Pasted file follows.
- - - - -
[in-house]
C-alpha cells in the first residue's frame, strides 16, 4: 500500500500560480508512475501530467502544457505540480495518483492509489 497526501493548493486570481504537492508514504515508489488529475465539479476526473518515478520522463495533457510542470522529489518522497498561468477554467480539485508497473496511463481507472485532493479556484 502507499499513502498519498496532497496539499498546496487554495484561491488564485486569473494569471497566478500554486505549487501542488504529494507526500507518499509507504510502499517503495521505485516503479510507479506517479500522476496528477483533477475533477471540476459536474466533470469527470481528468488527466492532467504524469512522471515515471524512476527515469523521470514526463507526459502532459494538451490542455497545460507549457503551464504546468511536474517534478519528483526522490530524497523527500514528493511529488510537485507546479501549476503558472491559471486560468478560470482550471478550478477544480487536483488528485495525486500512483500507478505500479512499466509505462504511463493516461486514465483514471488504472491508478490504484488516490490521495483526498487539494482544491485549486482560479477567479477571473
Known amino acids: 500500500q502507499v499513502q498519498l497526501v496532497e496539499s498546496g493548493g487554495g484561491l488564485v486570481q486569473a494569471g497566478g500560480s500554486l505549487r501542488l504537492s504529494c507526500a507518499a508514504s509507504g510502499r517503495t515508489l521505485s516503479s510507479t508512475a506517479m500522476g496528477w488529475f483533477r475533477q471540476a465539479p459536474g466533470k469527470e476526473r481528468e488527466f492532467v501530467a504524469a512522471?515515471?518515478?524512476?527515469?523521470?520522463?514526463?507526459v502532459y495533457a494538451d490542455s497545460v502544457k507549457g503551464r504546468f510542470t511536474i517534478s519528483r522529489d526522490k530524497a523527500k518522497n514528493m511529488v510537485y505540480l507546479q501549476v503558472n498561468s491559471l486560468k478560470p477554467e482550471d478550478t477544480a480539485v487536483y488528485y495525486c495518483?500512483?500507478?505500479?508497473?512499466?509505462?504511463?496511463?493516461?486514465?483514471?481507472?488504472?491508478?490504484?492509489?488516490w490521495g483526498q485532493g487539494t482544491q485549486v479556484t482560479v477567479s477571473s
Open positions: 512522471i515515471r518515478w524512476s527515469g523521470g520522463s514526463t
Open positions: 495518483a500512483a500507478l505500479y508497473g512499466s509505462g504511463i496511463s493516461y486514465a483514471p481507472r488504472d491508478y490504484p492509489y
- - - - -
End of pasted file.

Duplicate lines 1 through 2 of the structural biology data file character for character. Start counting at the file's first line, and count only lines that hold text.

[in-house]
C-alpha cells in the first residue's frame, strides 16, 4: 500500500500560480508512475501530467502544457505540480495518483492509489 497526501493548493486570481504537492508514504515508489488529475465539479476526473518515478520522463495533457510542470522529489518522497498561468477554467480539485508497473496511463481507472485532493479556484 502507499499513502498519498496532497496539499498546496487554495484561491488564485486569473494569471497566478500554486505549487501542488504529494507526500507518499509507504510502499517503495521505485516503479510507479506517479500522476496528477483533477475533477471540476459536474466533470469527470481528468488527466492532467504524469512522471515515471524512476527515469523521470514526463507526459502532459494538451490542455497545460507549457503551464504546468511536474517534478519528483526522490530524497523527500514528493511529488510537485507546479501549476503558472491559471486560468478560470482550471478550478477544480487536483488528485495525486500512483500507478505500479512499466509505462504511463493516461486514465483514471488504472491508478490504484488516490490521495483526498487539494482544491485549486482560479477567479477571473